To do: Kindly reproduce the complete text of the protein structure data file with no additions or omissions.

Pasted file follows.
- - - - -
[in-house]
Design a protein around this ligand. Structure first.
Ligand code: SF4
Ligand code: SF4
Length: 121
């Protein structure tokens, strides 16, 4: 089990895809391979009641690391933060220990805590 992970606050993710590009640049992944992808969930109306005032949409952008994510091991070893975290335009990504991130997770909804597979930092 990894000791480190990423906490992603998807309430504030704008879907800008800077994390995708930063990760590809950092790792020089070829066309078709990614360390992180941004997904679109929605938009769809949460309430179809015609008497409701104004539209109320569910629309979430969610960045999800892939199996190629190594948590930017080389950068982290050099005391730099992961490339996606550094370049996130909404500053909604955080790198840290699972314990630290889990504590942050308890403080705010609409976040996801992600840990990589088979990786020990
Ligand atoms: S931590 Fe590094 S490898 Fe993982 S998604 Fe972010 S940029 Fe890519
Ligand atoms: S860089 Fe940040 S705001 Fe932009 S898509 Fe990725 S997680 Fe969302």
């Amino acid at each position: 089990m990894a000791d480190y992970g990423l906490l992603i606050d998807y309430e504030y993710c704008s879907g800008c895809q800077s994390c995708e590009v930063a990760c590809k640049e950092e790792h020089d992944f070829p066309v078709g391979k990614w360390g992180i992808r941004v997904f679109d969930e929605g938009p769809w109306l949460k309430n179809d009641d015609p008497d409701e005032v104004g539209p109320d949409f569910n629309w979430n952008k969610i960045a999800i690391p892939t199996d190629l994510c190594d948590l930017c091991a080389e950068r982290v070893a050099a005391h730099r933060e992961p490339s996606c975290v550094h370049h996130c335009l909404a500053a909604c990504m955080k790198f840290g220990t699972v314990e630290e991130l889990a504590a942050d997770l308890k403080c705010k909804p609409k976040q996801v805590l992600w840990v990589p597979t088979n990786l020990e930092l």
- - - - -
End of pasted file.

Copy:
[in-house]
Design a protein around this ligand. Structure first.
Ligand code: SF4
Ligand code: SF4
Length: 121
């Protein structure tokens, strides 16, 4: 089990895809391979009641690391933060220990805590 992970606050993710590009640049992944992808969930109306005032949409952008994510091991070893975290335009990504991130997770909804597979930092 990894000791480190990423906490992603998807309430504030704008879907800008800077994390995708930063990760590809950092790792020089070829066309078709990614360390992180941004997904679109929605938009769809949460309430179809015609008497409701104004539209109320569910629309979430969610960045999800892939199996190629190594948590930017080389950068982290050099005391730099992961490339996606550094370049996130909404500053909604955080790198840290699972314990630290889990504590942050308890403080705010609409976040996801992600840990990589088979990786020990
Ligand atoms: S931590 Fe590094 S490898 Fe993982 S998604 Fe972010 S940029 Fe890519
Ligand atoms: S860089 Fe940040 S705001 Fe932009 S898509 Fe990725 S997680 Fe969302």
């Amino acid at each position: 089990m990894a000791d480190y992970g990423l906490l992603i606050d998807y309430e504030y993710c704008s879907g800008c895809q800077s994390c995708e590009v930063a990760c590809k640049e950092e790792h020089d992944f070829p066309v078709g391979k990614w360390g992180i992808r941004v997904f679109d969930e929605g938009p769809w109306l949460k309430n179809d009641d015609p008497d409701e005032v104004g539209p109320d949409f569910n629309w979430n952008k969610i960045a999800i690391p892939t199996d190629l994510c190594d948590l930017c091991a080389e950068r982290v070893a050099a005391h730099r933060e992961p490339s996606c975290v550094h370049h996130c335009l909404a500053a909604c990504m955080k790198f840290g220990t699972v314990e630290e991130l889990a504590a942050d997770l308890k403080c705010k909804p609409k976040q996801v805590l992600w840990v990589p597979t088979n990786l020990e930092l």